It’s the final week of Ramathan, the month muslims fast every day from day break till sunset. And I am sad to see it go. I have fasted before outside of Saudi and it was horrible. There is a sense of community and spirituality you find in a muslim country that are all fasting together as opposed to being in London for example when the world is going on like everything is normal and you feel like a spectator for a month. I’m sure it’s not the same for the large muslim community there but when I was there it was my family and I and no one else who was fasting around us who we knew.
life does go on here but it’s adapted. People start work later so that they can sleep in an hour or two since they are fasting. Shop opening times change to accommodate the people who spend a lot of time in the mosque praying the longer ‘taraweeh’ and ‘qiyam’ prayers. Everyone is trying desperately to find good deeds to do! If someone needs something, be it money or food or clothing or just some help everyone is rushing to do it because of how great the reward is during the month of Ramathan.
I’d be lying if I said it’s a month when people are happy, patient and loving because it’s not always the case. It’s a month where people’s sleep is messed up, they are suffering withdrawal from coffee, nicotine, food in general and they are impatient and sometimes rude. But here is the beauty of it, your fast is broken or rather or tarnished if you treat people badly so even tho some people may be in bad moods they try as hard as they can to hold it all in and be as polite and patient as possible.
My 10 year old son decided he would fast this year. Since we were in the states last month my children were severely jet lagged and were not getting to bed till the wee hours. I just let them stick to that schedule since everyone else here is anyway. It goes against every parenting belief I have but he is 10 and wanting to fast and I want it to be doable so he stays up till after dawn prayer (5 am… yes…) and then sleeps in till late afternoon leaving only about 4 hours till it’s time to break his fast.
Every night (morning) as he’s falling asleep I am dreading having to fix this residual jet lag because about 1 week after Eid (the end of Ramathan) we are going on a safari when we will have to wake up at 6 am every morning… which is very close to the time he is sleeping now.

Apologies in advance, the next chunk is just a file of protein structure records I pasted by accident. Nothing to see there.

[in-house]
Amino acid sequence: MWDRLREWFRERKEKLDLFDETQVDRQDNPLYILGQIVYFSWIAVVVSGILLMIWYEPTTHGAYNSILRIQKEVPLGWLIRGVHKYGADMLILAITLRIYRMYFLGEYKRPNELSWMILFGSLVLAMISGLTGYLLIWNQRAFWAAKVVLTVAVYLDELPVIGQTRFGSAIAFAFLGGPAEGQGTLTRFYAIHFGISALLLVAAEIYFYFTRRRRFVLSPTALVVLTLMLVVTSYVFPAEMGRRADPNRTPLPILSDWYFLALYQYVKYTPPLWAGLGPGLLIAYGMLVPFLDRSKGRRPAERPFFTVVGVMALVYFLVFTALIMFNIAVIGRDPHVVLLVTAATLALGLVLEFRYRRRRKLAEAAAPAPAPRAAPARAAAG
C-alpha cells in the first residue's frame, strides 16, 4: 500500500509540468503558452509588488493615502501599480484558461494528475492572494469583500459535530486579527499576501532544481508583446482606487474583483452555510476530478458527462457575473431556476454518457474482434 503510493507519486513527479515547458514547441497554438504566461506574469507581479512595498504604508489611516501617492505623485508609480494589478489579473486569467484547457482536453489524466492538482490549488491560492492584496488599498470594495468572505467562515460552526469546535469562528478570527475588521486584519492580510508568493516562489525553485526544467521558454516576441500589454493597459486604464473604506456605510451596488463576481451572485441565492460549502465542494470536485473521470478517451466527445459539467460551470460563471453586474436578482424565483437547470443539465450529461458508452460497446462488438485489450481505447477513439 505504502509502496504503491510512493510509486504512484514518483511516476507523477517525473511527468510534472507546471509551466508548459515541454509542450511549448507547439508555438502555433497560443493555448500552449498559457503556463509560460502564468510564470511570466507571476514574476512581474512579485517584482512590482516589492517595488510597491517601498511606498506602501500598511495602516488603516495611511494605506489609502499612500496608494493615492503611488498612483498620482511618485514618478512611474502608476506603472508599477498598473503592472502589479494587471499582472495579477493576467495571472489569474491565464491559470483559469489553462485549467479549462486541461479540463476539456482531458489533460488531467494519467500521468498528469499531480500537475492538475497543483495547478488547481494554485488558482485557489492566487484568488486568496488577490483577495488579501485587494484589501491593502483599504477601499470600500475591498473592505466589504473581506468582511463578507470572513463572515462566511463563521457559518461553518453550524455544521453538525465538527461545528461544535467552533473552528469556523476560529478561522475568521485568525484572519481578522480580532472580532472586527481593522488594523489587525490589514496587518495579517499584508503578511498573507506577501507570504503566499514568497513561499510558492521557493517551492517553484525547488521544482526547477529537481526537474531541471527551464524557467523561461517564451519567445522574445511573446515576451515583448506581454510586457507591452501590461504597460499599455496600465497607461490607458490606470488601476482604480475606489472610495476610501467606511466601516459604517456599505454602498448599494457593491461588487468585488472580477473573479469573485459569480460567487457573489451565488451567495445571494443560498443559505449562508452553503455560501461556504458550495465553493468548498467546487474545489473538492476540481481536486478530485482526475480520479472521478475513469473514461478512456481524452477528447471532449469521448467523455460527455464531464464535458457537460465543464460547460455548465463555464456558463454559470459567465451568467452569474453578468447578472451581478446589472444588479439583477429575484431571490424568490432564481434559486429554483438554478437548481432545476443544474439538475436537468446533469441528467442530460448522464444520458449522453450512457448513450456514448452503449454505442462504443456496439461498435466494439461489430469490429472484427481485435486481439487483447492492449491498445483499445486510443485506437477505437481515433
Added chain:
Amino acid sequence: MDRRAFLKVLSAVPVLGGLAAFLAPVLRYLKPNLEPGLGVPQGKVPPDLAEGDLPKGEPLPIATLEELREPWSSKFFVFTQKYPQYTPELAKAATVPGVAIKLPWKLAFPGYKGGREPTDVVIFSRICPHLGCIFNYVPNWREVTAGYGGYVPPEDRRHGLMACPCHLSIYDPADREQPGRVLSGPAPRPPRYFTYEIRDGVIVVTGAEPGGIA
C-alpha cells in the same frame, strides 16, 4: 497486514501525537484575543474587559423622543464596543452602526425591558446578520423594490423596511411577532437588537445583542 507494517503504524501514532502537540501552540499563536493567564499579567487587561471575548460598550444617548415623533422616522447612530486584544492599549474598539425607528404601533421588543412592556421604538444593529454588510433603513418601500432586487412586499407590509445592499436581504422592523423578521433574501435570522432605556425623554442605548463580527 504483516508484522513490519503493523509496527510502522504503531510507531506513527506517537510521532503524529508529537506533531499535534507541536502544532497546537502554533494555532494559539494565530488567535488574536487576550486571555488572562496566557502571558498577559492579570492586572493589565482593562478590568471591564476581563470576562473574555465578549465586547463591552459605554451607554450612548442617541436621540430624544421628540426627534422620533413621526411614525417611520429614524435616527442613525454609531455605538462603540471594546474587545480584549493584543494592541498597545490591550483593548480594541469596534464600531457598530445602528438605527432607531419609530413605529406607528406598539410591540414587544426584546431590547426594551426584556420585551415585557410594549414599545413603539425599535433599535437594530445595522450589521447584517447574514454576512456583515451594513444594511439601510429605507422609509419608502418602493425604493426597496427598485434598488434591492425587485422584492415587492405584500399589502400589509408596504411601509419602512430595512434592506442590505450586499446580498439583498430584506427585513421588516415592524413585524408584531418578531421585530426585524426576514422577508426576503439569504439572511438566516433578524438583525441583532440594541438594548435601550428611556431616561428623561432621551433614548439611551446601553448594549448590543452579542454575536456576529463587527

My daughter is also jet lagged but not as badly. Except for the high anxiety nights she is having. I am trying to pinpoint exactly what it is that is making her so anxious and figure out a way of easing it. I am also trying to figure out how much is real anxiety and how much is wanting attention. I know she’s not faking it but I also don’t want to be encouraging it.
None of it comes on till bed time. The the worries start. ‘What if I can’t sleep’, ‘what if S sleeps and I still haven’t slept’, ‘my leg/tummy/head hurts’, ‘I hear noises’. Once she falls asleep all is fine! But it’s the process. It could be just the messed up times!
B and Special K’s sleeping times are not too bad, they were sleeping around midnight (yes that’s not too bad now… how ironic) And not we have started waking them an hour earlier every other day so we can bring them up to 6 am waking. they should be all set way before we have to travel.
S and J, we have decided, we will shock into normal time. So in a couple of days we will wake them about 3 hours before they normally wake, suffer through a day of out of control, miserable children because of lack of sleep then (hopefully) have them sleep earlier and a few days later wake them another 3 hours earlier and etc till we are back on track!
J was focusing on learning how to pray this month. She knows the movements and most of what to say but there is a long part in the ‘sujoud’ called ‘altashahud alwal’ and ‘altashahud althani’ which is difficult to remember all at once. We have the first part down almost now and God willing will have the second down by the start of school.
S has it down already and is praying all 5 prayers a day but of course needs to be reminded. I look at my children’s relationship to prayer and compare it to my relationship to prayer at their age. I was taught how to pray at school and I saw my parents pray every day 5 times a day. But it was always very difficult for me to pray. When I first learned I was pleased and showed my mother how I did it and my father and then I kind of forgot about it as I was very young at the time, around 7 years old.
My mother would always say ‘it’s prayer time’ or ‘did you pray’ and I would say yes and she wouldn’t verify. Till one day I was older, around 9 or 10, and I had forgotten the ‘tashahud alawal’ and ‘tashahud althani’. And I was mortified. No way would I ever ask anyone what they were because I was 10! I was supposed to know them by heart. And if I wasn’t saying them every day, 5 times a day, then what was I doing when I was ‘praying’?
One day, by some miracle, someone bought a poster with the actions of prayer on it and what we are meant to say when we do the actions. And right there on the wall, behind the rocking horse, were written the ‘tashahud alwala’ and ‘tashahud althani’. I was so happy! Every day I would play on the rocking horse or around it and read them discreetly till I memorized them. Although I see my children trying to be discreet and I doubt I was fooling anyone.
Prayer continued to be difficult for me for a while and I never understood why. I would look at people around me who get up to pray without being prompted and I would wonder how it was that easy! They would never imagine missing a prayer. Eventually I started praying regularly and even tho it didn’t start out as easily as it did with others I ended up praying regularly.